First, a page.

As one of his first official engagements since becoming Prime Minister, Boris Johnson came to Belfast last week and his first port of call was a dinner with senior members of the Democratic Unionist Party (DUP). The DUP has enabled the Tories to cling to power through the ‘confidence and supply’ arrangement in place since Theresa May's disastrous Westminster election of 2017.
This arrangement has had a hugely negative impact on politics here in Northern Ireland. It has placed the DUP in a prime position in Westminster, holding the balance of power and representing a view on Brexit that is in the minority in Northern Ireland.
Let's remember that the vast majority of people in Northern Ireland voted to remain in the European Union in 2016. Indeed, since then, support for EU membership has grown further along with a demand for a People’s Vote on any final Brexit deal with an option to remain on the table.
When it comes to Brexit, along with a host of other issues such as marriage equality and abortion rights, the DUP's right-wing extremism is out of step with the majority of people in Northern Ireland.
The new Prime Minister's drive towards a ‘no-deal’ Brexit has been observed with deep concern here in Northern Ireland. The invisibility of the border across these islands is an important aspect of our peace settlement and frictionless trade between North and South is vital to our economy.
The backstop contained within Theresa May’s deal was not perfect but represented the least worst option in the face of Brexit. The backstop is backed by a cross section of local political parties as well as farming and trade unions, voluntary and community sector organisations and economic bodies.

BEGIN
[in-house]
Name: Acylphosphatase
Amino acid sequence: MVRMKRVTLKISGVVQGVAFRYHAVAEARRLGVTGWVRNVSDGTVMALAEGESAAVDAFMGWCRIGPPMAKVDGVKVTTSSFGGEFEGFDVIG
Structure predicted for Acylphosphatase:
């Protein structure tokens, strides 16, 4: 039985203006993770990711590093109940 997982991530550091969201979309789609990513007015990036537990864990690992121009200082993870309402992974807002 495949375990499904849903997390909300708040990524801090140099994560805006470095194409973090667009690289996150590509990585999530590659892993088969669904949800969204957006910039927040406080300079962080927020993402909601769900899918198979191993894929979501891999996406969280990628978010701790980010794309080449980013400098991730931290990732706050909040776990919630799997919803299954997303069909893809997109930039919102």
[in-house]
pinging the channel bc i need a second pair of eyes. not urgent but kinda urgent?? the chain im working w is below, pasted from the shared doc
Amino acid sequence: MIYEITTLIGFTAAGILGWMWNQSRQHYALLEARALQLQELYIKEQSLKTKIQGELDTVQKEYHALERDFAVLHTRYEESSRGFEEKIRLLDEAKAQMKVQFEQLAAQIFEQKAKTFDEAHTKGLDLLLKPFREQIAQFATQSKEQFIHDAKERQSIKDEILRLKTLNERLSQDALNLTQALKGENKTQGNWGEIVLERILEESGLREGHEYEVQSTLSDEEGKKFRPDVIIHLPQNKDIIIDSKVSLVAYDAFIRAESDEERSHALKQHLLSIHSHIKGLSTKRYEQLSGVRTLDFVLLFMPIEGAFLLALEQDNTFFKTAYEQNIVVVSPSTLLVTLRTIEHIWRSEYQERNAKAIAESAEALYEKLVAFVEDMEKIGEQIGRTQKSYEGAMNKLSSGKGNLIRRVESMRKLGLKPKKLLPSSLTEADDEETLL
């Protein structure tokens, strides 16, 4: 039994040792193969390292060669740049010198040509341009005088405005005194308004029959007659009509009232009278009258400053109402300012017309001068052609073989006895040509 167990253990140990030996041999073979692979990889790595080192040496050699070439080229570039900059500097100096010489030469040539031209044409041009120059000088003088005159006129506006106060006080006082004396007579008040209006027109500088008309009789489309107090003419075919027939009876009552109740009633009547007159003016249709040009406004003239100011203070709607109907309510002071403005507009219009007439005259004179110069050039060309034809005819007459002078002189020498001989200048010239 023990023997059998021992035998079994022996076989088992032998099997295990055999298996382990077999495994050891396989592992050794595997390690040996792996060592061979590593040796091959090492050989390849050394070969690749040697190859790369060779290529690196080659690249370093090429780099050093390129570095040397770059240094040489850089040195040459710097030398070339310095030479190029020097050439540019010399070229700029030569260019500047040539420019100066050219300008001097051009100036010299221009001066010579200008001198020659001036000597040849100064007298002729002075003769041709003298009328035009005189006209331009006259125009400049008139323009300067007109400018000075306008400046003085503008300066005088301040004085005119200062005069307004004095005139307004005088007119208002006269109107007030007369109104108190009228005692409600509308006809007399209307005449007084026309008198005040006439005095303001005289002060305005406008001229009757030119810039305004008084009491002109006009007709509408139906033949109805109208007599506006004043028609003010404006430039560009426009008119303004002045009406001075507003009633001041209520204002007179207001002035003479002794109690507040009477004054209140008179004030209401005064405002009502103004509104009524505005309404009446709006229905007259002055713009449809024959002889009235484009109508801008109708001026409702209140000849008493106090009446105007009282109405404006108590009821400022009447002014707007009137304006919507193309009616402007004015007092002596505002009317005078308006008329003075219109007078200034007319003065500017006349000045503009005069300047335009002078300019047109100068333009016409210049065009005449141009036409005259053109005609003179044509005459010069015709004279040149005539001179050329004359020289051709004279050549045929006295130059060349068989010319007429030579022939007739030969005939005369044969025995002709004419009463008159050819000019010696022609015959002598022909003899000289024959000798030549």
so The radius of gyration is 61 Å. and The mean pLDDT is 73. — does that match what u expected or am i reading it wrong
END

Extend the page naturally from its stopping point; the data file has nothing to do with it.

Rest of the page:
Johnson's likening of the Irish border to the boundary between Camden and Islington provided a jaw-dropping illustration of the Prime Minister as someone who just doesn't get it. Under Johnson, we feel not so much awesome as fearful as part of the “foursome” of home nations. In this context, Republicans are campaigning for Irish unity with renewed vigour and the chances of a return to power-sharing arrangements in Stormont drift further away by the day.
A Prime Minister cannot simply read the briefing notes on Northern Ireland to understand the region. It takes years of listening and learning with interest to get this place and our people.
The fear is that a Prime Minister more interested in holding on to power and leaving the EU at any cost has sub-contracted out his obligations to the people of Northern Ireland to the DUP who do not represent the majority view on Brexit.
Our peace process is precious and our economy is in a precarious position. Meanwhile, attention is diverted away from dealing with climate breakdown and our public services are fracturing from years of underinvestment and a lack of strategic direction since the breakdown of devolution.
We are assuming a ‘brace, brace’ position as Johnson hurtles us towards a ‘no-deal’ Brexit.
Malachai O’Hara is Deputy Leader of the Green Party NI.